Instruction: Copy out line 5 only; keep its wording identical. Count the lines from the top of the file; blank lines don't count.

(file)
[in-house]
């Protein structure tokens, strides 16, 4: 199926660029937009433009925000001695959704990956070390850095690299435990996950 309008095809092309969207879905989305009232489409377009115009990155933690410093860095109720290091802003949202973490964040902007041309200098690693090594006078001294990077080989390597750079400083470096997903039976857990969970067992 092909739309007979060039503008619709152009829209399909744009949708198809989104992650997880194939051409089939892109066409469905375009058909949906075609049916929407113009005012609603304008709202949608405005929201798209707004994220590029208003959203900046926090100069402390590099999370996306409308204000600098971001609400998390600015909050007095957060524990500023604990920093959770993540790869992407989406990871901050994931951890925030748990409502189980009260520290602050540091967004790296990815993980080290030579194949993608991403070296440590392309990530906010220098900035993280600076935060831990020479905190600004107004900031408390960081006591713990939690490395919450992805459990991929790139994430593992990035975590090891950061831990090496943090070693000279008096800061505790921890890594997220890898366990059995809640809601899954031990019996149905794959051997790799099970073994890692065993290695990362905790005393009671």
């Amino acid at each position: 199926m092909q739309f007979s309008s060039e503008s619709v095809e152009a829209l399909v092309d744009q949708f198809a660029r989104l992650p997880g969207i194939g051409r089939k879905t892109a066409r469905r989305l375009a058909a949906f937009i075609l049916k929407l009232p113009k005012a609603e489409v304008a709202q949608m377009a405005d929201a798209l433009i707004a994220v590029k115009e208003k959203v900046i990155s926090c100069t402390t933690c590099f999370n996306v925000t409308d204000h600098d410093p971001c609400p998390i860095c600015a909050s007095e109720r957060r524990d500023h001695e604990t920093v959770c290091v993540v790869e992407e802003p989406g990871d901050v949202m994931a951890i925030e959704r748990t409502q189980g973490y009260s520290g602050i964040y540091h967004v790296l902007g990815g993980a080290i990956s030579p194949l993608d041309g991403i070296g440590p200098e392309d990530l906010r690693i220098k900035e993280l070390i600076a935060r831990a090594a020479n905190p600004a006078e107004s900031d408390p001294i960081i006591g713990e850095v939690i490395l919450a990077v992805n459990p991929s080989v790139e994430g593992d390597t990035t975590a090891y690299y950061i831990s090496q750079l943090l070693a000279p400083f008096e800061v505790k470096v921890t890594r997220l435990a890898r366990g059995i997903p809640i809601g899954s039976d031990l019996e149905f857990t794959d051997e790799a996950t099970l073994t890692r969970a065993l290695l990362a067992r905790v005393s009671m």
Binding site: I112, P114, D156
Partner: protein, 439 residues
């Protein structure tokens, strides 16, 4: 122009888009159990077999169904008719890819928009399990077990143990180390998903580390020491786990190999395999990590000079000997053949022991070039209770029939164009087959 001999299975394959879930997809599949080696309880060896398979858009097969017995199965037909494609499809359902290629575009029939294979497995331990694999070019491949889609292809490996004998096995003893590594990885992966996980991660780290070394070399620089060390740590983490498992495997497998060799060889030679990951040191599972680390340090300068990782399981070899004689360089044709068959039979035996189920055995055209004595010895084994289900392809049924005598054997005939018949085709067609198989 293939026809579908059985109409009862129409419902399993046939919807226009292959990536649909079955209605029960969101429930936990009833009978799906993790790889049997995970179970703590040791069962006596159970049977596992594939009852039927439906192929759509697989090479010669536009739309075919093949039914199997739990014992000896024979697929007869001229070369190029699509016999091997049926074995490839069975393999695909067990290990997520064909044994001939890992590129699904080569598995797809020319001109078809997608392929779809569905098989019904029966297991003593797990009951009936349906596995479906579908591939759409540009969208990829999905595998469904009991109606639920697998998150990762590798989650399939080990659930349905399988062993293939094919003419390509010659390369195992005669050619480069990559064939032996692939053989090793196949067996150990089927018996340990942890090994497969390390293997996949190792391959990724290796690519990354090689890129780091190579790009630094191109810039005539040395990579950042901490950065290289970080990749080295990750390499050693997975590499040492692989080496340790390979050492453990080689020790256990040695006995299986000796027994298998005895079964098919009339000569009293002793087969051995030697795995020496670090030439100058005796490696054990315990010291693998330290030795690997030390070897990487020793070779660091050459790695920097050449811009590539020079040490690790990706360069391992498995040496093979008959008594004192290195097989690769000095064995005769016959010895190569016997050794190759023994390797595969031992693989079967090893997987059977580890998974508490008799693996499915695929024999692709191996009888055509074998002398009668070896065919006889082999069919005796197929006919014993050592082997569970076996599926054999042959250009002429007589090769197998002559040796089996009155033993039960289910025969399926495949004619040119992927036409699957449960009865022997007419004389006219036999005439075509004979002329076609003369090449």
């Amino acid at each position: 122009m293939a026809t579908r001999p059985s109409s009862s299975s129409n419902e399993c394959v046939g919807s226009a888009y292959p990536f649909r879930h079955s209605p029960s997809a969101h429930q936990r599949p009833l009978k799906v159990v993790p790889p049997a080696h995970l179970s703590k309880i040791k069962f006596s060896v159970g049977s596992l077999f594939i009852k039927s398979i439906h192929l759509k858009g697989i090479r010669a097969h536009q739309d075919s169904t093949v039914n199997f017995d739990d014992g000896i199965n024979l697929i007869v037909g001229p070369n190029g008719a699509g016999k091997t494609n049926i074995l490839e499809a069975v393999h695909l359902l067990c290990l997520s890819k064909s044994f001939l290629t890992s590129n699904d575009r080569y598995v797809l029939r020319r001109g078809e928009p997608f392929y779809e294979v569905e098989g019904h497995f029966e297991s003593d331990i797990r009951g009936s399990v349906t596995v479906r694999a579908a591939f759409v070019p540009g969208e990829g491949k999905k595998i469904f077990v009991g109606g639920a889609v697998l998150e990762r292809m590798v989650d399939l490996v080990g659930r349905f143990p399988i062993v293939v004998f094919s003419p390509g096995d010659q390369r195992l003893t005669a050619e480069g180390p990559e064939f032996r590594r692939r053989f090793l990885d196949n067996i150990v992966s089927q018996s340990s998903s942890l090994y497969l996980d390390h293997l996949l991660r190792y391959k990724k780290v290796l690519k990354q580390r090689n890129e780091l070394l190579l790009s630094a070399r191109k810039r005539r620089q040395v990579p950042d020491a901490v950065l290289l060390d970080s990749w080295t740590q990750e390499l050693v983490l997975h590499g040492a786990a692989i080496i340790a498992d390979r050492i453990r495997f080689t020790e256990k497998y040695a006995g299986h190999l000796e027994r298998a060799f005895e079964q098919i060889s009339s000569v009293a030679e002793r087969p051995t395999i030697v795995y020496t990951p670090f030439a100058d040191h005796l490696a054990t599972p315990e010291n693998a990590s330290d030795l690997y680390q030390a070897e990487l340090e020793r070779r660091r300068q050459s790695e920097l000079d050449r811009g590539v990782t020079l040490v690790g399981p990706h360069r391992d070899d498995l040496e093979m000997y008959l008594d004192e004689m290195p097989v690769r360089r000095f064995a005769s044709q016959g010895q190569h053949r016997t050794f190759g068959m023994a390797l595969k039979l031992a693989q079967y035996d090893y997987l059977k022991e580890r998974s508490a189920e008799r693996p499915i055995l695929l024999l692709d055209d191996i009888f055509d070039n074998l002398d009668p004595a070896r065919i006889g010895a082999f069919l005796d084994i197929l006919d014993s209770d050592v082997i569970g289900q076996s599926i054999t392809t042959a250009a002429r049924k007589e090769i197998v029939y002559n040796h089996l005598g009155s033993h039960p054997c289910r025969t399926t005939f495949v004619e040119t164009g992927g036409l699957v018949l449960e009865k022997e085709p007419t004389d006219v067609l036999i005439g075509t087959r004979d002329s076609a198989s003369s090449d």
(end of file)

Partner: protein, 439 residues